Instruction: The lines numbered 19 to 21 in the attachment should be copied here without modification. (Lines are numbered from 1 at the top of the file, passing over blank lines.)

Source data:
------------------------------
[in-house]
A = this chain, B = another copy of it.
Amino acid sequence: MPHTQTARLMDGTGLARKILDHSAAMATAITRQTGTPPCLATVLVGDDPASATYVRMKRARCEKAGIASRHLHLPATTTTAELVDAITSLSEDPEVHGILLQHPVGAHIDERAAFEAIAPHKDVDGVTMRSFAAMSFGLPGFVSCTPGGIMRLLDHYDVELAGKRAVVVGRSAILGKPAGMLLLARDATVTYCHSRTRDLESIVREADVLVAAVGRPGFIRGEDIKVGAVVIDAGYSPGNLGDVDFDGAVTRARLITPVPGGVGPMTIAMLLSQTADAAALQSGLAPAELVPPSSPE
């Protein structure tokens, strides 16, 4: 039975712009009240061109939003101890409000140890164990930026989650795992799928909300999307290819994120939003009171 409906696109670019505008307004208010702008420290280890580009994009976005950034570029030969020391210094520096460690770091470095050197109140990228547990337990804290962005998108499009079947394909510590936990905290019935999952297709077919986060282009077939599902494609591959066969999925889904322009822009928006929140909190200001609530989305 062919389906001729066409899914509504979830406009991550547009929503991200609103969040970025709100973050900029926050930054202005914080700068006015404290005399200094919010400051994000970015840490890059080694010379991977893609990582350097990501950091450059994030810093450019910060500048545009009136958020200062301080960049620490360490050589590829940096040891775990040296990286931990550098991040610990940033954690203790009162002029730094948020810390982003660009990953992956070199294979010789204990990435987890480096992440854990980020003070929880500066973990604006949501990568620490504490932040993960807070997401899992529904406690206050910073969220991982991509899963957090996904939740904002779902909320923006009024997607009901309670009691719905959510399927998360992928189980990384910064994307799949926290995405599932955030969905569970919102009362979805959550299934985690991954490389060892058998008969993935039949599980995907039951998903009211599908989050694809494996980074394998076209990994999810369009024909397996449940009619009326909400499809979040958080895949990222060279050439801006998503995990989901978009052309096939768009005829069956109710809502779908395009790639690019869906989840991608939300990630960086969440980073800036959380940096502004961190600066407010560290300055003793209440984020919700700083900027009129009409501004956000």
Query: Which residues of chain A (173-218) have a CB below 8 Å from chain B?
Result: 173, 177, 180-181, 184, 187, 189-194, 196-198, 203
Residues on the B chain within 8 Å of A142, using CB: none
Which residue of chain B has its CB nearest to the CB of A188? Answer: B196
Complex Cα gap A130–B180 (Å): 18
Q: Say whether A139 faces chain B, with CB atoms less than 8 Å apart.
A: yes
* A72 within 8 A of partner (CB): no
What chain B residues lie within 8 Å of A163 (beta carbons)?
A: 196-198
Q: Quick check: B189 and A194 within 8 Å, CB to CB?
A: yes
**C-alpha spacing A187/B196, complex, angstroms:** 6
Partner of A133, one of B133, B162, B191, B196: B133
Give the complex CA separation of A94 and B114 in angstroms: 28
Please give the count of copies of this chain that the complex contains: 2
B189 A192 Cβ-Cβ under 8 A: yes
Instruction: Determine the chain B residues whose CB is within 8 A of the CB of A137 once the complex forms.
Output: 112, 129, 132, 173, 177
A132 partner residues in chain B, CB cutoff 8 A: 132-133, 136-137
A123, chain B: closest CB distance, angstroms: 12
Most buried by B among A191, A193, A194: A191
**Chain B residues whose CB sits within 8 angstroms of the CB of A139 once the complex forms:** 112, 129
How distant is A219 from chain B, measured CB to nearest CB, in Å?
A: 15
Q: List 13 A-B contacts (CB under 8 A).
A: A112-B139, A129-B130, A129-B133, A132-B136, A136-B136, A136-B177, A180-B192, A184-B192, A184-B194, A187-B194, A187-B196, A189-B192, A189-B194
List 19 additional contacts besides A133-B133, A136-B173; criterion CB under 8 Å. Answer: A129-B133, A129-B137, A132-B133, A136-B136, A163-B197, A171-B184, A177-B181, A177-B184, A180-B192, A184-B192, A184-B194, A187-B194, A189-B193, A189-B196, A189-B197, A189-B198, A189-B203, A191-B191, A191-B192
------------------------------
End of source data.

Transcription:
Give the complex CA separation of A94 and B114 in angstroms: 28
Please give the count of copies of this chain that the complex contains: 2
B189 A192 Cβ-Cβ under 8 A: yes